Having studied the issue, we view loneliness as largely a product of our environment – what we call a “lonelygenic environment” – not a disease or a problem with any particular individual. So what is this “lonelygenic environment”?
Over decades, our cities have become sprawling low-density agglomerations. Many places are too far to walk from home. Short errands are routinely done by car, erasing opportunities to stop and chat with locals.
Large-scale felling of street trees has not only obliterated natural shade, but severed our connection with the “more than human” world. Car traffic dominates residential roads, which are also clogged with parked cars.
We have lost the people-friendly streets that we once used for regularly gathering, playing and celebrating with neighbours. No wonder we now know so few by name.
If the determinants of loneliness are largely environmental, so too must be the solutions. Yet we hear so little about this.
How much difference can green space make?
In a previous Conversation article, we suggested investing in public green space is part of the solution to the epidemic of loneliness. The article was based on our longitudinal study that reported a greening target of 30% local landcover could cut the odds of becoming lonely by a quarter. Among people living alone, who tend to be more vulnerable to loneliness, green space cut those odds by up to a half.
But how can green space reduce loneliness? That’s the focus of our new review of studies from around the world. Two-thirds of the studies found green space potentially protected people against loneliness.
Our review identified multiple pathways for reducing loneliness. These included:
building capacities for connection with community
restoring our sense of belonging and connection with nature
reducing harms, such as violence, that may otherwise lead to loneliness.
During the COVID-19 pandemic we undertook a nationally representative survey and found the odds of connecting with neighbours were five times higher for people who visited high-quality green space than for those who didn’t or couldn’t.
Related benefits were also much stronger if green spaces were higher quality. For example, exercise and relief from stress were both more commonly reported by people visiting higher-quality green spaces.
Quality was defined by participants’ views on things such as access, aesthetics, facilities, incivilities (e.g. litter, disrepair) and safety. Perceptions are important because the qualities of a green space need to resonate for people to visit them.
Regular visits to green spaces foster attachment and belonging. These spaces permit quiet contemplation in solitude, but also bring people together and connect people with nature. They become revered as settings for gatherings, bonding, cheering and shared memory-making.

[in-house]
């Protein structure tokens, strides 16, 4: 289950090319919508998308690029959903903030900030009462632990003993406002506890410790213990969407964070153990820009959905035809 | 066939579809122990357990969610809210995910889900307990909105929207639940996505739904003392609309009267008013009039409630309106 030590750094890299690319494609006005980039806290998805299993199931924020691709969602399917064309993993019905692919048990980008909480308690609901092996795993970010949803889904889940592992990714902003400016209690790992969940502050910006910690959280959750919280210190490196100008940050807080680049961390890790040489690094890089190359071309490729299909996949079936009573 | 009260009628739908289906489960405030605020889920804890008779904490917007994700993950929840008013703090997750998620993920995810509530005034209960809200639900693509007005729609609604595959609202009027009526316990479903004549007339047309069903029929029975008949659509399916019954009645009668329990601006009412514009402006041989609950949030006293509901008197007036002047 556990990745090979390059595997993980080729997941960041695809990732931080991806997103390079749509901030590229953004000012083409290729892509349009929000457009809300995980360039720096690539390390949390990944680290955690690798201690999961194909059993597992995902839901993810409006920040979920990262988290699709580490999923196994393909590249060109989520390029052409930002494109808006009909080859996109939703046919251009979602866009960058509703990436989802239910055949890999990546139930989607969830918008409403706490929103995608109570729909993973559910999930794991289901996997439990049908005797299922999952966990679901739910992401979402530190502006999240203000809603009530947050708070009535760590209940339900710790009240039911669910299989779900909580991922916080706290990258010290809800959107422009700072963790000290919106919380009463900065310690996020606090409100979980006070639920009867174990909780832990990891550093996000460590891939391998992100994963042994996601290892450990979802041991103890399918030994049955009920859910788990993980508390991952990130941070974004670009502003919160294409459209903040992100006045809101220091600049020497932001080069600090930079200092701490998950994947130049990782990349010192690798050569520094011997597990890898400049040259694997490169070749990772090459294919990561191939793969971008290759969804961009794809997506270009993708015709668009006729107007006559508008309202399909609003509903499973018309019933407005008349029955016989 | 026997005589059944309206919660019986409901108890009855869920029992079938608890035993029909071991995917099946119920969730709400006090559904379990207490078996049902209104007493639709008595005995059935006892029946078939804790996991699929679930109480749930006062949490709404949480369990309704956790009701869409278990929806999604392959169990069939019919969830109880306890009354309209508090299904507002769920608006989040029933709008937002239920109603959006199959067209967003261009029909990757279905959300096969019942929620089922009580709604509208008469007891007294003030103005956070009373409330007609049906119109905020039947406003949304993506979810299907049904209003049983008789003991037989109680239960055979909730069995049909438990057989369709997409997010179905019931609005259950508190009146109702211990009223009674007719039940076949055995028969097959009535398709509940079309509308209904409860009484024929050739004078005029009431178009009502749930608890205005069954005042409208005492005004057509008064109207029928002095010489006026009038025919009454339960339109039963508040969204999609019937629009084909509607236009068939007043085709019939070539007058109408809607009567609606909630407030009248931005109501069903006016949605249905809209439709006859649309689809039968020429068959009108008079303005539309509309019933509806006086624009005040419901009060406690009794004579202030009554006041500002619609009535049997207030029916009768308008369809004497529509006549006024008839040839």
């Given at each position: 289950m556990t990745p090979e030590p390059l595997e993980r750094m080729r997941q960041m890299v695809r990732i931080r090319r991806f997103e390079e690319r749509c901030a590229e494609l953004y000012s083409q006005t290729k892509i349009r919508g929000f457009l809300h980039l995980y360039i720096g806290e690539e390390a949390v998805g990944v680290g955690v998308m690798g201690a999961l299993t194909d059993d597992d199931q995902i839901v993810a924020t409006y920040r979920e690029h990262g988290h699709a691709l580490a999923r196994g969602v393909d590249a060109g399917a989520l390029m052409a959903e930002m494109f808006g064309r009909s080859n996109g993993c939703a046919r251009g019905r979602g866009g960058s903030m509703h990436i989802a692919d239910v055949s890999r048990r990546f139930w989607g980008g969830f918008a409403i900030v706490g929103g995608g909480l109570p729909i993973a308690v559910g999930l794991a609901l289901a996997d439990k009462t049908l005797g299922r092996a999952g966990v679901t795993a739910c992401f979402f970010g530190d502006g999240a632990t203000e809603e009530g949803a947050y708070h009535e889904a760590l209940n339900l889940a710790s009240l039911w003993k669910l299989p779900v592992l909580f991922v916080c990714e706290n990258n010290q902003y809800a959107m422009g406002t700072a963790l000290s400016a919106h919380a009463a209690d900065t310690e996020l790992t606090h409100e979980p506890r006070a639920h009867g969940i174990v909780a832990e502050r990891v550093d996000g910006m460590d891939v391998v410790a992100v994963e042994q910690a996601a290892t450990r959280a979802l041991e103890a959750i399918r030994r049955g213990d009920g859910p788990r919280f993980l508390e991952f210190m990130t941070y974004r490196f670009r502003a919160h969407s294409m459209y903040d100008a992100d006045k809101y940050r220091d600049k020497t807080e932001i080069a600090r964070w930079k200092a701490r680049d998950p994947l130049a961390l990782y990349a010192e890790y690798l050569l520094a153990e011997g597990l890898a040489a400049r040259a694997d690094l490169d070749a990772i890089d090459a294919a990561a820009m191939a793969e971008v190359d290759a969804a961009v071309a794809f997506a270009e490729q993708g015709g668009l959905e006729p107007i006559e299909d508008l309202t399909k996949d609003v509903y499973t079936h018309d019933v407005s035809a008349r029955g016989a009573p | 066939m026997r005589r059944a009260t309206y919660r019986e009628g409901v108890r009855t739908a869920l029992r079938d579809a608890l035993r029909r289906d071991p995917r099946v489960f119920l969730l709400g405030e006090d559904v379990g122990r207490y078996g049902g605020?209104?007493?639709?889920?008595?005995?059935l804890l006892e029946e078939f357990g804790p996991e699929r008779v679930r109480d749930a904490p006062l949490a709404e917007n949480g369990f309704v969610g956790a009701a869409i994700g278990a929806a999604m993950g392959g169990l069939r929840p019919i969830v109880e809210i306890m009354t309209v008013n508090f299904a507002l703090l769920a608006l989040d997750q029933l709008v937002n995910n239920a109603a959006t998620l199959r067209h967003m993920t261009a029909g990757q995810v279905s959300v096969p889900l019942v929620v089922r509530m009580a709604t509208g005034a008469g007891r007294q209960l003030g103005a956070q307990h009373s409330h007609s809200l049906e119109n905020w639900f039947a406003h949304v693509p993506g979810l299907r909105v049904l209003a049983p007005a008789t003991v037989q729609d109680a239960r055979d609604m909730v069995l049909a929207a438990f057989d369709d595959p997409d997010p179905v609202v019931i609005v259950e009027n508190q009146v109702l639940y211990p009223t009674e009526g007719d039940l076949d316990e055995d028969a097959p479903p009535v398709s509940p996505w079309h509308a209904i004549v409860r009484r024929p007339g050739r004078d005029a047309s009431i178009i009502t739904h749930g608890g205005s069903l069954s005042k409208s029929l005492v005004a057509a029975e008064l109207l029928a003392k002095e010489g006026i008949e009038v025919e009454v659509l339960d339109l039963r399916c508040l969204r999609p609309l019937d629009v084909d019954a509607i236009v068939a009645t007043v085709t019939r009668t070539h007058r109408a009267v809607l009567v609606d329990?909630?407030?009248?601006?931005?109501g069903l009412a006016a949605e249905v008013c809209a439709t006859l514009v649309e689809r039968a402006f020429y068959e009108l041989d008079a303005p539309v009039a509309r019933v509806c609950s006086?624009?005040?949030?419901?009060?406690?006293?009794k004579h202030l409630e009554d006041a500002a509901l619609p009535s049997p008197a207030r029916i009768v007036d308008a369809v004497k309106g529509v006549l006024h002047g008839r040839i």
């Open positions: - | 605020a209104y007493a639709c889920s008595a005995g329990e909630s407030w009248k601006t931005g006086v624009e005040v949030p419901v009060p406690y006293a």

World Urban Parks Congress presentations on NSW government investments in green space (by Dr Caroline Butler-Bowdon) and associated health and community benefits (by Professor Thomas Astell-Burt).
By encouraging relaxation and playfulness – which can be frowned upon in other settings – green spaces may also enable connection for people who otherwise find it difficult, such as those with highly introverted personalities.
The psychologically restorative benefits of green space are now well-documented. Green spaces such as healing gardens can serve as therapeutic landscapes, offering refuge and respite for those experiencing loneliness, which can stem from some form of trauma. While usually provided for patients, these settings might also offer sanctuaries for health professionals experiencing burnout.
The bottom line is that higher-quality green space maximises opportunities for both social connection and health. While our previous research and other studies highlight inequities in access to green space, we must pay even more attention to inequities in the quality of green space.
Consult communities to get it right
This may all sound like we think the impacts of green space are universally positive; we don’t. For instance, many studies in countries such as Denmark, Poland and New Zealand report that some people with disabilities, who are already vulnerable to loneliness, face significant barriers to visiting green spaces and may feel “out of place” within them.
Other research indicates that the creation or regeneration of green spaces in communities may be associated with disempowerment and dispossession, by making nearby housing less affordable.
In other words, a nearby green space that is highly attractive and a source of joy for some people may for others be a symbol of processes that aggravate loneliness and perpetuate misery.
PBS News Hour: How ‘green gentrification’ is pricing out longtime East Boston residents.
That is why community views on the design of green space really matter. Consultation is key to ensure everyone feels meaningfully engaged in the process.
Our program of work, and our new review in particular, shows green space qualities depend on the context, preferences and needs of local residents. It is clear we need local networks of green spaces that provide something of value for everyone.
Finally, the process of urban greening itself can help counter loneliness by empowering communities to actively participate in creating and maintaining local green spaces. This has been done successfully over decades by the Royal Botanic Garden Sydney’s Community Greening program. By bringing people together to create green spaces, the garden has been quietly showing us the solution to our lonelygenic environment all along.
Community greening activities at the Royal Botanic Garden Sydney.